EU needs fewer presidents and a new budget 'tsar', say Finns
17.11.11 @ 15:06
BRUSSELS - The EU needs fewer presidents and a new budget 'tsar' if it is to emerge from its current economic and political crisis, Finnish Europe minister Alexander Stubb has said.
Addressing students at the European College of Bruges, his Alma Mater, Stubb offered up a change in the EU's power structure as a way of breaking the haze of incoherence and multi-layered decision-making that has clogged up the bloc's response to the eurozone sovereign debt crisis.
"My solution would be to combine the functions of the Presidents of the Commission, the European Council and the Euro Area Summits into one high post. You can just select the same person to all three posts."
At the moment Jose Manuel Barroso runs the commission, while Herman Van Rompuy chairs the regular summits of EU leaders and has recently had his role extended to chair eurozone summits.
But the set-up is clumsy. Barroso and Van Rompuy struggle with institutional rivalry while formalising the eurozone meetings with a president risks adding another layer of bureaucracy to the system.
A self-confessed "nerd" of EU institutional minutiae, Stubb goes into the detail of a future such post. "The president would in effect be commission based, but would need a strong administration bringing together the preparation of the European Council, the Eurogroup and the leadership of the Commission."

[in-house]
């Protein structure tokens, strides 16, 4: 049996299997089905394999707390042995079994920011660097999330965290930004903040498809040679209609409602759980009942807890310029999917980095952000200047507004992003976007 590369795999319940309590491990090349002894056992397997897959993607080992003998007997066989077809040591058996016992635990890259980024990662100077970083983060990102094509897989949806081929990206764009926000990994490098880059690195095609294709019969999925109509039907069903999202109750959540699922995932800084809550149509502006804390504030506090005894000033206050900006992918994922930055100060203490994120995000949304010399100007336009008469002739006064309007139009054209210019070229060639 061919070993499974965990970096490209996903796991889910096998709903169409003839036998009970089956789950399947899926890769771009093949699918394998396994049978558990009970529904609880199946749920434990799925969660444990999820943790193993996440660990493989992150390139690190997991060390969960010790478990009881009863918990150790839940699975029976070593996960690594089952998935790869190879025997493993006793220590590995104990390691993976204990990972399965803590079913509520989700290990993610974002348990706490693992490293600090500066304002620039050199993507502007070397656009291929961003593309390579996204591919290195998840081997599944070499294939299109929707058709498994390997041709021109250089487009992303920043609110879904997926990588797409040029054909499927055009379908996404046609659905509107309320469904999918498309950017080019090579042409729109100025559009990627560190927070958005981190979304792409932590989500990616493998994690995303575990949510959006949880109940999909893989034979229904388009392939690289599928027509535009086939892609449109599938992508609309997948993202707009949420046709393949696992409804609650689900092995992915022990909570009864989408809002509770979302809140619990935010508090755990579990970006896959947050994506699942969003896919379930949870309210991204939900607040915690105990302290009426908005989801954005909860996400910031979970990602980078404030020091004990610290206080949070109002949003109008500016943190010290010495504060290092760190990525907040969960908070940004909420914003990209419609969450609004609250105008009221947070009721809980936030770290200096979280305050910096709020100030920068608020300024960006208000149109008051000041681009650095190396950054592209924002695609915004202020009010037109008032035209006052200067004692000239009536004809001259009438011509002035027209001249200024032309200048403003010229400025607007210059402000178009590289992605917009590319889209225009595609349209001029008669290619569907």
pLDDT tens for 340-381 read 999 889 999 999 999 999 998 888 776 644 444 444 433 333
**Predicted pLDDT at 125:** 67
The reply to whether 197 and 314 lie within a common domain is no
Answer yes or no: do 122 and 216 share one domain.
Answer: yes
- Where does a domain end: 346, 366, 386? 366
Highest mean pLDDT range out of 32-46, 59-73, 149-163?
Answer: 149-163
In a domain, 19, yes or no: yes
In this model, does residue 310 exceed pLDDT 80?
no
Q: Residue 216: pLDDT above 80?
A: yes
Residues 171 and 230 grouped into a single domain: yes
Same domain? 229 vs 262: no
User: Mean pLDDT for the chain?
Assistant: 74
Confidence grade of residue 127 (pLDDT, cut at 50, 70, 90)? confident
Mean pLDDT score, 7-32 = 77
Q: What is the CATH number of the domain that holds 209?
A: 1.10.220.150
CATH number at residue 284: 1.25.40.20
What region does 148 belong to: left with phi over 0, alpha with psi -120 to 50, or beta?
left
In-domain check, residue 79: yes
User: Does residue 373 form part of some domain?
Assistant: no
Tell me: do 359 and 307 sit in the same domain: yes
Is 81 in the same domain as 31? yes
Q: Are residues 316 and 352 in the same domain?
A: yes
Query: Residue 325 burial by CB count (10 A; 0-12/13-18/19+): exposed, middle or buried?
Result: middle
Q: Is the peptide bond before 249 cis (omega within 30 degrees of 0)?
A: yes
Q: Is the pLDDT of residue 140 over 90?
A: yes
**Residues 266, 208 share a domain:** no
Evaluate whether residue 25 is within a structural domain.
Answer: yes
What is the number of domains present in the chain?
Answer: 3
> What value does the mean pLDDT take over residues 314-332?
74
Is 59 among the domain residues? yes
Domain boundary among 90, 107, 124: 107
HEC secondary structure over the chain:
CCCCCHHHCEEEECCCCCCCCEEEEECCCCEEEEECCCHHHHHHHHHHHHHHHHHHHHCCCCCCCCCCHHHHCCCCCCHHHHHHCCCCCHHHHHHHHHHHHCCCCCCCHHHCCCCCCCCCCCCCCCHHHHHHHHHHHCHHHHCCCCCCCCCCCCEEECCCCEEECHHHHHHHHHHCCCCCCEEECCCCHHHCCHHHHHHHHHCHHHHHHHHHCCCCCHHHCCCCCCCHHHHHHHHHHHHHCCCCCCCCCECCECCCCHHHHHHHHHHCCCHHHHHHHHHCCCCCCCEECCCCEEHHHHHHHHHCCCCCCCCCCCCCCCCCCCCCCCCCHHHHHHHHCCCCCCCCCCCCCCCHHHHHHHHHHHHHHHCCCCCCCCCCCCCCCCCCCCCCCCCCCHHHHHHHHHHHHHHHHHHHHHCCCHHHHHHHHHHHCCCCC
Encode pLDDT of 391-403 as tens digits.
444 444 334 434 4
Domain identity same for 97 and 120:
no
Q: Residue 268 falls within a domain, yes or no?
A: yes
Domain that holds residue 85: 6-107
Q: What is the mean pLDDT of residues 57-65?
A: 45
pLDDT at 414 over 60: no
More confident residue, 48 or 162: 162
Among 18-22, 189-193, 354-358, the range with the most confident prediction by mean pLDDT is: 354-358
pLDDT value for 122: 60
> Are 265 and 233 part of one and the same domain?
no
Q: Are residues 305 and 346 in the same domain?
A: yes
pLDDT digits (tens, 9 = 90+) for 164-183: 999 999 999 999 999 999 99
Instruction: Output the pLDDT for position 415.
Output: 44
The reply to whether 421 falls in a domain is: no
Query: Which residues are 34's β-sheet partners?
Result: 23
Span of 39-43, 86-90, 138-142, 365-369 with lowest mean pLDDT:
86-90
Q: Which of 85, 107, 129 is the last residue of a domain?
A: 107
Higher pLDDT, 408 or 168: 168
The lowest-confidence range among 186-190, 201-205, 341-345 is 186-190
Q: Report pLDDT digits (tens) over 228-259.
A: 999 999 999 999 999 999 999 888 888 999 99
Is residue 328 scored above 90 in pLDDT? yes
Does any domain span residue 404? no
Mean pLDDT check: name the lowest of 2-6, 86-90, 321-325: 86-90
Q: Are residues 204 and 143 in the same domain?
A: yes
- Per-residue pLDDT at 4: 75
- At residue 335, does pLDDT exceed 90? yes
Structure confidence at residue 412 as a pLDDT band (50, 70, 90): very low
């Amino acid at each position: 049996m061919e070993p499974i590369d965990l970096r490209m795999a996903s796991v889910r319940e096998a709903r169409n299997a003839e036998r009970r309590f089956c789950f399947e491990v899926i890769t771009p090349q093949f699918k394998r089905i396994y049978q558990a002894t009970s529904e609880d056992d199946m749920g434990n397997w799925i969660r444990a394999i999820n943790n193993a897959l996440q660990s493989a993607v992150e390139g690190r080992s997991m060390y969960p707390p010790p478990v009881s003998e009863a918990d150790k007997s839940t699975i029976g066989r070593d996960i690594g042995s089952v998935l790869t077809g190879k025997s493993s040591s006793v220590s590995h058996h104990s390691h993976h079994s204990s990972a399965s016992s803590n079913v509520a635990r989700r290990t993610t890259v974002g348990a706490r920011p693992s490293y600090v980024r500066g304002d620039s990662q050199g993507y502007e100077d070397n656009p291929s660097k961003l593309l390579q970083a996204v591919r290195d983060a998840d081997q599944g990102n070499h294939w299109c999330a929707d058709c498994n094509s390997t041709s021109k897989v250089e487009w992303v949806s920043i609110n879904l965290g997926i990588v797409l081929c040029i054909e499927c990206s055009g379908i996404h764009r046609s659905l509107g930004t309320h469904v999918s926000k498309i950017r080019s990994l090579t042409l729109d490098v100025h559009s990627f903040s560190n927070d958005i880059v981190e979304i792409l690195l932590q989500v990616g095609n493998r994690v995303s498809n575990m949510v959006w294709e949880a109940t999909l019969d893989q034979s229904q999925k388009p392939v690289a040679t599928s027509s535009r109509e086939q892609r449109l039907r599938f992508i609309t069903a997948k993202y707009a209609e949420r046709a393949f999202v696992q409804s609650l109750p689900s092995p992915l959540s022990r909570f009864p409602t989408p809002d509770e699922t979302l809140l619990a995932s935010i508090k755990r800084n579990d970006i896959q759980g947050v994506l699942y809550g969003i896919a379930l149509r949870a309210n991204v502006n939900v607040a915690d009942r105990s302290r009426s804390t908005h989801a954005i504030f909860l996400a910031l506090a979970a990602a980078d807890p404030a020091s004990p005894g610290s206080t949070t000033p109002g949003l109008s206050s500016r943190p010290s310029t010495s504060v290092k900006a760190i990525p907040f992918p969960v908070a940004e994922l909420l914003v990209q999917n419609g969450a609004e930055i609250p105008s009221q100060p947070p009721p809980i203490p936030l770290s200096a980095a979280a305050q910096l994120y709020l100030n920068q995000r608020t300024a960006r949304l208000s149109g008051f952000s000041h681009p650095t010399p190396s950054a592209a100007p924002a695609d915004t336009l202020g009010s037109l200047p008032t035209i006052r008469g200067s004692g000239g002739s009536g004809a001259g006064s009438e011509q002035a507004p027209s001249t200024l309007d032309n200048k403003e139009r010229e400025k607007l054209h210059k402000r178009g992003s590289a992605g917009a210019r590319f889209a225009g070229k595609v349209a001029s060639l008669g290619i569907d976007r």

He admits the exercise, which would ultimately require a change in the EU treaty to get the details right, would only be worthwhile "if it brings more order and more harmony".
He indicated that his reasons for proposing the idea stem from annoyance at the ad hoc and backroom state of decision-making - typified by the emergence of the so-called Frankfurt Group of France, Germany the European Central Bank and others - as the eurozone grapples with the debt crisis.
"I would rather have this leadership in the hands of a joint - perhaps elected - trustee, than self-anointed member states".
Finns 'shocked' by Greek behaviour
Stubb also gave some insight into Finnish views on the Greek situation, with Finland, along with the Netherlands and Germany, seen as an elite"core" of the 17-member eurozone, rule-abiding and with triple A credit rating.
"I cannot downplay the shock that the Greek debt-crisis has caused with my Finnish electorate that believes in fair play and following the rules. People feel cheated because European rules were not followed and national authorities even gave false information" he said, with Greece allowed into the euro although it actually did not fulfil the criteria.
"The EU rarely provokes an emotional reaction among Finns - this time is different. For us this is not really about money, but principles."
He indicated that Finland also favours the controversial Dutch proposal to create a budget 'tsar' "to keep member states on the straight and narrow path."
"I understand the Dutch reasoning on a gradual loss of national control if things get out of hand."